Let us return to the harebell example and intercross the mutants to unite the mutant alleles to test for complementation. We can assume that the results of intercrossing mutants $, £, and ¥ are as follows:
From this set of results, we can conclude that mutants $ and £ must be caused by alleles of one gene (say, w1) because they do not complement; but ¥ must be caused by a mutant allele of another gene (w2).
The molecular explanation of such results is often in relation to biochemical pathways in the cell. How does complementation work at the molecular level? Although the convention is to say that it is the mutants that complement, in fact, the active agents in complementation are the proteins produced by the wild-type alleles. The normal blue color of the flower is caused by a blue pigment called anthocyanin. Pigments are chemicals that absorb certain parts of the visible spectrum; in the harebell, the anthocyanin absorbs all wavelengths except blue, which is reflected into the eye of the observer. However, this anthocyanin is made from chemical precursors that are not pigments; that is, they do not absorb light of any specific wavelength and simply reflect back the white light of the sun to the observer, giving a white appearance. The blue pigment is the end product of a series of biochemical conversions of nonpigments. Each step is catalyzed by a specific enzyme encoded by a specific gene. We can accommodate the results with a pathway as follows:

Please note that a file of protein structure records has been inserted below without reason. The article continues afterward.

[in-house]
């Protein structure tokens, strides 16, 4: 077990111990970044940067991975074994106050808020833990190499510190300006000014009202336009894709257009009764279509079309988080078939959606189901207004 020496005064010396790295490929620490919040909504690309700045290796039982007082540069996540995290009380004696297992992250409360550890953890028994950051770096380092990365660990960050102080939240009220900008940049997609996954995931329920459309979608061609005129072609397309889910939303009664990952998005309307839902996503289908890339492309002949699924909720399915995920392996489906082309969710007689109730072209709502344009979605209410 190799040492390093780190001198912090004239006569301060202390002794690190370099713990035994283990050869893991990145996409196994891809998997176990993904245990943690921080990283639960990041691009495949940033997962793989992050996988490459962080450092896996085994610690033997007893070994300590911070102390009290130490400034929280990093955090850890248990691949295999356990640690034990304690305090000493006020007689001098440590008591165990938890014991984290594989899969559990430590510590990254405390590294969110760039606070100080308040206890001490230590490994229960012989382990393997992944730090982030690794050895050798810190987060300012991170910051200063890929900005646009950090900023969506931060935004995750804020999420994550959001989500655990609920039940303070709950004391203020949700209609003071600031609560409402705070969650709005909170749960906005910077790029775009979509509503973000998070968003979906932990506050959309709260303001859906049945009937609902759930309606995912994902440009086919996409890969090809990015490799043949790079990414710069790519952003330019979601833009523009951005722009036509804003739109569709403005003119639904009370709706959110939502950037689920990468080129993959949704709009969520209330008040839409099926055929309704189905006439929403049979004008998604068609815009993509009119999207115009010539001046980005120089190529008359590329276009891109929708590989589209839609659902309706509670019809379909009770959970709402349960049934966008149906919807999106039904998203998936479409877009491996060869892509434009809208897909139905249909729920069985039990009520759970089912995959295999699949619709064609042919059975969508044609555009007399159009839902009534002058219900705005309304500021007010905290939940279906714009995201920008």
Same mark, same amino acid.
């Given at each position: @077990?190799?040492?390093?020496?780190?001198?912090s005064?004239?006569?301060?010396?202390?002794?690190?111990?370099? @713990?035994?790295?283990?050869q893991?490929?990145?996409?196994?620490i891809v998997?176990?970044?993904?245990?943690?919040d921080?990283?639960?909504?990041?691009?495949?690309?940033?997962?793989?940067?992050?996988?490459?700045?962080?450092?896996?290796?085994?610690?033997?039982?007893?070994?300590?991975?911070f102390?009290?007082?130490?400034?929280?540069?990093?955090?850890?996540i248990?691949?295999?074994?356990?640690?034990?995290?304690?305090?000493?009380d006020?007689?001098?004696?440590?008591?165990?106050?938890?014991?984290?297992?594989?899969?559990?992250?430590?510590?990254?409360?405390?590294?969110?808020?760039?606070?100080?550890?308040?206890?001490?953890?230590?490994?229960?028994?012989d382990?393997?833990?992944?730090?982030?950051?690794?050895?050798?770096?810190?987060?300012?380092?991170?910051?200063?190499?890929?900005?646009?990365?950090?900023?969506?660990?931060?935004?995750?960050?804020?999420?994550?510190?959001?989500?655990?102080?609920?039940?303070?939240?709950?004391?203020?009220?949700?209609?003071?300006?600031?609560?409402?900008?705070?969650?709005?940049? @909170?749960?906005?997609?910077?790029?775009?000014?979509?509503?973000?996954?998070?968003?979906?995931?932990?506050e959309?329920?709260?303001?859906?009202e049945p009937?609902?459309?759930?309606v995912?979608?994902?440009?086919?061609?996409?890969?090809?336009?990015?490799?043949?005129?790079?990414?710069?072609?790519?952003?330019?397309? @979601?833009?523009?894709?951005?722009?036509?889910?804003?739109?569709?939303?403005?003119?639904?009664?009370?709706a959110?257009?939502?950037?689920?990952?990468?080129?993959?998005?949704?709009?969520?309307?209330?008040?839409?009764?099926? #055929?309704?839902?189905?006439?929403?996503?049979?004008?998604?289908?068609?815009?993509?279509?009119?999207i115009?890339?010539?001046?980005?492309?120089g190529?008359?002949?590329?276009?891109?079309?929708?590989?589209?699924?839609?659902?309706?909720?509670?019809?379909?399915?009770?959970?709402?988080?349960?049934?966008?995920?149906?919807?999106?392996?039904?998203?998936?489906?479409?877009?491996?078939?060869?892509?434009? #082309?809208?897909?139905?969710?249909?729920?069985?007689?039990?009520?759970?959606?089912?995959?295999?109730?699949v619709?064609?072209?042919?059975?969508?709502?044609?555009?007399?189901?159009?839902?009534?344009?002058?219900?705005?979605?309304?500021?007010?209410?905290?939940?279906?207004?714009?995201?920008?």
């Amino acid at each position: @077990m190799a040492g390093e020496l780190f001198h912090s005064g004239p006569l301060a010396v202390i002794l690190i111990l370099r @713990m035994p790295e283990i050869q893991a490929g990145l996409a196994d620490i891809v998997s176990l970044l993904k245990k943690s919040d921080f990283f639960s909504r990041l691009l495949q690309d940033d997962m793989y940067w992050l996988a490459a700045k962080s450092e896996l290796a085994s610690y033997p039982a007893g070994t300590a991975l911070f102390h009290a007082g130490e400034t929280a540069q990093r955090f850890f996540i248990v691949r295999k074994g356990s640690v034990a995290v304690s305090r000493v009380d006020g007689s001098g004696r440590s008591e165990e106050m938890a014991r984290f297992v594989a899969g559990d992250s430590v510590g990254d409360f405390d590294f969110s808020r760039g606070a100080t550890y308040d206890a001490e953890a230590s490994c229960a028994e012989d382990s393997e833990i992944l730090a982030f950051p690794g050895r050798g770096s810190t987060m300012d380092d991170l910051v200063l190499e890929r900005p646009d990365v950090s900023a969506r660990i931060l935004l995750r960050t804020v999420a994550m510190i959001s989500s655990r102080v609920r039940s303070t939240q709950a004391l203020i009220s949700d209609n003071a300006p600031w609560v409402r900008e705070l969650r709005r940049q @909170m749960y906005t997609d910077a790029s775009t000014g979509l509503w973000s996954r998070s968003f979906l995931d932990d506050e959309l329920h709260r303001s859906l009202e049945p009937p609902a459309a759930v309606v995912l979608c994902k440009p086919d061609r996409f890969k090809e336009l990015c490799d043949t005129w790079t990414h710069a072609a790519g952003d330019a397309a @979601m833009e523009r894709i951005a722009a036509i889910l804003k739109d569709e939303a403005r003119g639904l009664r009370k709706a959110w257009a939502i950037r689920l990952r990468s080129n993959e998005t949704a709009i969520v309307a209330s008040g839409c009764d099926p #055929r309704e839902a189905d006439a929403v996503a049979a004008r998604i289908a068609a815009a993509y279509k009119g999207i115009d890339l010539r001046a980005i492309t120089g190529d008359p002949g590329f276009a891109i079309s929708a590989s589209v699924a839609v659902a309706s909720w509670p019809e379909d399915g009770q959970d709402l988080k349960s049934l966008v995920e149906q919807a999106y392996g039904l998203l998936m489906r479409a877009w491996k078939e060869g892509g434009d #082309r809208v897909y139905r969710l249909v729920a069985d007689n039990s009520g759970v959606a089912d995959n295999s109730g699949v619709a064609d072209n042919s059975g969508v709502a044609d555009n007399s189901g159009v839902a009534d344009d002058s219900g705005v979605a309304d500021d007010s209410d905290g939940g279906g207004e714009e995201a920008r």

Amutation in either of the genes in homozygous condition will lead to the accumulation of a precursor that will simply make the plant white. Now the mutant designations could be written as follows:
However, in practice, the subscript symbols would be dropped and the genotypes written as follows:
Hence an F1 from $ × £ will be:
which will have two defective alleles for w1 and will therefore be blocked at step 1. Even though enzyme 2 is fully functional, it has no substrate on which to act, so no blue pigment will be produced and the phenotype will be white.
The F1s from the other crosses, however, will have the wild-type alleles for both the enzymes needed to take the interconversions to the final blue product. Their genotypes will be:
Hence we see the reason why complementation is actually a result of the cooperative interaction of the wild-type alleles of the two genes. Figure 4-1 is a summary diagram of the interaction of the complementing and noncomplementing white mutants.
The molecular basis of genetic complementation. Three phenotypically identical white mutants—$, £, and ¥—are intercrossed to form heterozygotes whose phenotypes reveal whether the mutations complement each other. (Only (more...)